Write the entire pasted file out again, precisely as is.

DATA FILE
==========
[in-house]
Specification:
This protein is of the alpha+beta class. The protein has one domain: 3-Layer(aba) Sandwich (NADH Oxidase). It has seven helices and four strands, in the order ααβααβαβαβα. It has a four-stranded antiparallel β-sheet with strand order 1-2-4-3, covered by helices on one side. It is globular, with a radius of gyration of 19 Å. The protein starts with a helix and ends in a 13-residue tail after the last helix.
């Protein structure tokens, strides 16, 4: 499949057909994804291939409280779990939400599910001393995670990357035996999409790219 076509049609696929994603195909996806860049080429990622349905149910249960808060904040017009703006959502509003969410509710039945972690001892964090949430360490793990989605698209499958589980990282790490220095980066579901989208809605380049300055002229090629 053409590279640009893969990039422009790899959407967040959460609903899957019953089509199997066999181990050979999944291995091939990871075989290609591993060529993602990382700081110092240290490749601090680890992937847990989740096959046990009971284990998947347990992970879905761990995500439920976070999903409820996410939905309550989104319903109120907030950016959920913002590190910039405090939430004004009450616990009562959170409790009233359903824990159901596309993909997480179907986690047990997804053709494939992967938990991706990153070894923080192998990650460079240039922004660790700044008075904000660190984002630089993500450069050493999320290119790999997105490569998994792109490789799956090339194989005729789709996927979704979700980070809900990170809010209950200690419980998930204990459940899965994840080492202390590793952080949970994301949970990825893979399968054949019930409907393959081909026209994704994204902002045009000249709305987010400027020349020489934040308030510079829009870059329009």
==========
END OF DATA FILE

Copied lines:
[in-house]
Specification:
This protein is of the alpha+beta class. The protein has one domain: 3-Layer(aba) Sandwich (NADH Oxidase). It has seven helices and four strands, in the order ααβααβαβαβα. It has a four-stranded antiparallel β-sheet with strand order 1-2-4-3, covered by helices on one side. It is globular, with a radius of gyration of 19 Å. The protein starts with a helix and ends in a 13-residue tail after the last helix.
């Protein structure tokens, strides 16, 4: 499949057909994804291939409280779990939400599910001393995670990357035996999409790219 076509049609696929994603195909996806860049080429990622349905149910249960808060904040017009703006959502509003969410509710039945972690001892964090949430360490793990989605698209499958589980990282790490220095980066579901989208809605380049300055002229090629 053409590279640009893969990039422009790899959407967040959460609903899957019953089509199997066999181990050979999944291995091939990871075989290609591993060529993602990382700081110092240290490749601090680890992937847990989740096959046990009971284990998947347990992970879905761990995500439920976070999903409820996410939905309550989104319903109120907030950016959920913002590190910039405090939430004004009450616990009562959170409790009233359903824990159901596309993909997480179907986690047990997804053709494939992967938990991706990153070894923080192998990650460079240039922004660790700044008075904000660190984002630089993500450069050493999320290119790999997105490569998994792109490789799956090339194989005729789709996927979704979700980070809900990170809010209950200690419980998930204990459940899965994840080492202390590793952080949970994301949970990825893979399968054949019930409907393959081909026209994704994204902002045009000249709305987010400027020349020489934040308030510079829009870059329009």